When Maestro Wolfgang Heinzel stands before the Merck Orchestra, he may look like an authoritarian leader, commanding musicians from his podium.
But Heinzel doesn’t actually know how to play the instruments himself—“in the same way a leader in an organization can’t do everyone’s job,” says Jon Chilingerian, adjunct professor of organizational behavior at INSEAD. “But somehow he has to develop a sense of cooperation, of commitment, and develop a collaborative organization.”
You can learn everything you need to know aboutby watching a maestro lead his orchestra through a new piece of music.
What maestros—and good leaders—understand:
(well) breeds success. When the orchestra had trouble with a particular passage in a new piece of music by Mendelssohn, Maestro Heinzel asked the other musicians to watch the “principal” violinist and his bow. In other words, he delegated to a top performer. Chilingerian calls such principal players the conductor’s executive team.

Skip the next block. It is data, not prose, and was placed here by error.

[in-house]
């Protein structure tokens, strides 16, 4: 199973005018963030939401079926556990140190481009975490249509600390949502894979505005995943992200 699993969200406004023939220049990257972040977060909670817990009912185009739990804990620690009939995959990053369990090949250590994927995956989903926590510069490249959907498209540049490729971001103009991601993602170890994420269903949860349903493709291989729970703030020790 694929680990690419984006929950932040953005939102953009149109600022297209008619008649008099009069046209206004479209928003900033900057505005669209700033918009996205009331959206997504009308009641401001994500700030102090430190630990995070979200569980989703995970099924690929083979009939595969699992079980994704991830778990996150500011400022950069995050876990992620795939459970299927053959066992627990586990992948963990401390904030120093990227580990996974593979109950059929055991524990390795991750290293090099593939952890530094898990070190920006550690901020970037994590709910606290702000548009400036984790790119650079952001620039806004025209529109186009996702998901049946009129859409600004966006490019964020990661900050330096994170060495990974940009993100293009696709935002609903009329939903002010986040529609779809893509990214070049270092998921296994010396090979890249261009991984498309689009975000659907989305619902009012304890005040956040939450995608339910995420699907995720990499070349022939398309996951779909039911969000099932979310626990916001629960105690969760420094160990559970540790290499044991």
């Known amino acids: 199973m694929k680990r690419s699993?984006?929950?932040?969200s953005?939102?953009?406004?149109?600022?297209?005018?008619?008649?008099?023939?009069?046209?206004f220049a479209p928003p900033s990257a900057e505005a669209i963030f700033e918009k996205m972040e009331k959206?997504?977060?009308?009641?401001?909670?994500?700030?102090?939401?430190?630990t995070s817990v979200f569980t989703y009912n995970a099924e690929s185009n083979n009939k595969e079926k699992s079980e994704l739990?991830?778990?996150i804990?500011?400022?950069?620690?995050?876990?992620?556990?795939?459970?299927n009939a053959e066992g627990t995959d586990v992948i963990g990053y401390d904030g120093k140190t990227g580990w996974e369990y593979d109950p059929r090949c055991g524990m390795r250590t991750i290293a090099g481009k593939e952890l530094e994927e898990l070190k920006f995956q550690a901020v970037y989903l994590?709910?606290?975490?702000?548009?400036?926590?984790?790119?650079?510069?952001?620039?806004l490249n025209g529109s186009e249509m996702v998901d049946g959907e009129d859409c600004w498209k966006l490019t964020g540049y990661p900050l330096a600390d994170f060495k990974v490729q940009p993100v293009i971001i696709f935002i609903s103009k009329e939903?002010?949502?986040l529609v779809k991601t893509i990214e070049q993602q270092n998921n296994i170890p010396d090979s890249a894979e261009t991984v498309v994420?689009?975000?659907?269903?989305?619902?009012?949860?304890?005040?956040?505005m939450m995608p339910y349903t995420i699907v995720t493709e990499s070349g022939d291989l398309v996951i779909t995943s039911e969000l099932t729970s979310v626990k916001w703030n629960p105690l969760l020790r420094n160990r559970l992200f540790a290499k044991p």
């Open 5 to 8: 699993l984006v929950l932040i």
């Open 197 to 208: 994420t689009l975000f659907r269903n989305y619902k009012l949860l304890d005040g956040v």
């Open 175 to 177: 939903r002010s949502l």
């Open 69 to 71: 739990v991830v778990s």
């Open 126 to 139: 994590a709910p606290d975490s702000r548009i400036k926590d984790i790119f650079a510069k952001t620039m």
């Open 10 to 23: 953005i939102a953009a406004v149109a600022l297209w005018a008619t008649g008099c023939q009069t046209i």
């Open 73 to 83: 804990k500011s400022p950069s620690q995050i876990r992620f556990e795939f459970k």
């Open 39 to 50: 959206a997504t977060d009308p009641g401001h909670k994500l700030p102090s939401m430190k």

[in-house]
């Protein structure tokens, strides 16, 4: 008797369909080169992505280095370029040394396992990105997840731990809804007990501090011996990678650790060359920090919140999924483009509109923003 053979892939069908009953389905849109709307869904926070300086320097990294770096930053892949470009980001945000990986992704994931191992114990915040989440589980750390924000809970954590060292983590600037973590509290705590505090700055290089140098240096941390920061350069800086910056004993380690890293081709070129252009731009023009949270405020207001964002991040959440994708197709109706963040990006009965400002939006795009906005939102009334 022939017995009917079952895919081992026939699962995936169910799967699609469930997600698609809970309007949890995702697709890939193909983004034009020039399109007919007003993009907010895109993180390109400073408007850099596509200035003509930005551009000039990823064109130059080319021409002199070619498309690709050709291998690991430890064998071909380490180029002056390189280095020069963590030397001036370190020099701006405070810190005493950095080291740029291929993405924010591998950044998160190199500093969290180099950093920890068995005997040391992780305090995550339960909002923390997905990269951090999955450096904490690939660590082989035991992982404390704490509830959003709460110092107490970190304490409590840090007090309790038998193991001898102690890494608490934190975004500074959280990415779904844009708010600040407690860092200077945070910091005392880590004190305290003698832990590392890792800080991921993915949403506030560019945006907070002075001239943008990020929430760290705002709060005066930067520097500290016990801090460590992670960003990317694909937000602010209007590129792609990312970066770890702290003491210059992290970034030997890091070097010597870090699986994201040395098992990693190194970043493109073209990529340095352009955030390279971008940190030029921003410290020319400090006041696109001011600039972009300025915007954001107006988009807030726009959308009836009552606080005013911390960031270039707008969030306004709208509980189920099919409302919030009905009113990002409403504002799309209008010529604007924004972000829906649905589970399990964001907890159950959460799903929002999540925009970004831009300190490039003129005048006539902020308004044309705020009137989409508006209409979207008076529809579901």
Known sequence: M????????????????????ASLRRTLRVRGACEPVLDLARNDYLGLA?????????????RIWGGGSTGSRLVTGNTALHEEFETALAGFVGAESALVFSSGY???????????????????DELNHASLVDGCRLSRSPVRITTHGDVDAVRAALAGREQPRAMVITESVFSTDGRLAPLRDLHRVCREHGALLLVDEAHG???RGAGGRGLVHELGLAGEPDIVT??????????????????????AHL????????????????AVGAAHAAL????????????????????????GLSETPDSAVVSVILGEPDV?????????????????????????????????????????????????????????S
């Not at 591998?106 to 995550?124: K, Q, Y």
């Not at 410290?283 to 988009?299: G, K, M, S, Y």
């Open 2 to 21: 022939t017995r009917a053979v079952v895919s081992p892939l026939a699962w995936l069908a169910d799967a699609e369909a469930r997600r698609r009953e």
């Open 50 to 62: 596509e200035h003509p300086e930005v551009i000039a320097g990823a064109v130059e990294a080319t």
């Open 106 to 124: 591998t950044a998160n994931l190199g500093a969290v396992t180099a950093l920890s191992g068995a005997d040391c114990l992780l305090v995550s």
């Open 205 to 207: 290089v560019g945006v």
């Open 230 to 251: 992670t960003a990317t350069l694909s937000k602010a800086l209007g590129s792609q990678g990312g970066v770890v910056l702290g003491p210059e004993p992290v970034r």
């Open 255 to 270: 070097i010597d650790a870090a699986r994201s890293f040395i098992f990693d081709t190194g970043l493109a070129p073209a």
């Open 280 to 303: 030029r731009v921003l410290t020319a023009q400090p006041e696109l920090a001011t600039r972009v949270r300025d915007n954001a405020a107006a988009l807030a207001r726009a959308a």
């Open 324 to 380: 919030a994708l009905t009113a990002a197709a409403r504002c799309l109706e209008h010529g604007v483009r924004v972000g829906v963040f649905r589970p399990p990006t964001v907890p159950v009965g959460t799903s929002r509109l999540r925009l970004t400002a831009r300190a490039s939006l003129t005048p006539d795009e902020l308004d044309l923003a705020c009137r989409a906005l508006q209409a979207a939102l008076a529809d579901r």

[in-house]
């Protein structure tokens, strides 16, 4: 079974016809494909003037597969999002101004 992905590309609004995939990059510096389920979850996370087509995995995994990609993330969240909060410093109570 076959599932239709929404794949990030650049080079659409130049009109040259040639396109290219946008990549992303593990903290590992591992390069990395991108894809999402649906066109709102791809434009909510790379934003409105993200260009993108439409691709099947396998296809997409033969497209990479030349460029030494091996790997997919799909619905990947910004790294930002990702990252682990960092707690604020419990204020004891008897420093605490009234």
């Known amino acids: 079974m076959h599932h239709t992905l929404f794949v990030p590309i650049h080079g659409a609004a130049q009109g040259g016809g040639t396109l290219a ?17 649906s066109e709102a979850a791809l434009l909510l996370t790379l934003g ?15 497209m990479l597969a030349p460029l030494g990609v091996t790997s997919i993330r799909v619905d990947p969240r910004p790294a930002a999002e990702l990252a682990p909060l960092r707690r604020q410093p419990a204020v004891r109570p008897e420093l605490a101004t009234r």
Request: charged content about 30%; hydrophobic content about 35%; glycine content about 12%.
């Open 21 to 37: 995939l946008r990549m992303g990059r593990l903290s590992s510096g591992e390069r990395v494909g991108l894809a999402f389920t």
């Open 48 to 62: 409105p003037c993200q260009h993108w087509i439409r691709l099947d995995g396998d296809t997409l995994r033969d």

“Better to give the responsibility to him, and then for me it’s much easier,” says Heinzel.
Every individual needs to be seen as a contributor. Says Heinzel: “I swear to you that every artist, I think everybody in the world, wants to express what he has inside. And now it’s up to me to take these energies and bring them all together.”
Coaxing the best from a team requires adapting your style. The maestro tries being directive, then guiding, then persuading, and finally turns the responsibility over to the musicians to play the piece as a single voice. “It’s empowerment,” says Chilingerian.
— Adapted from “Merck Orchestra: using Mendelssohn to teach leadership,” David Turecamo, INSEAD Knowledge.
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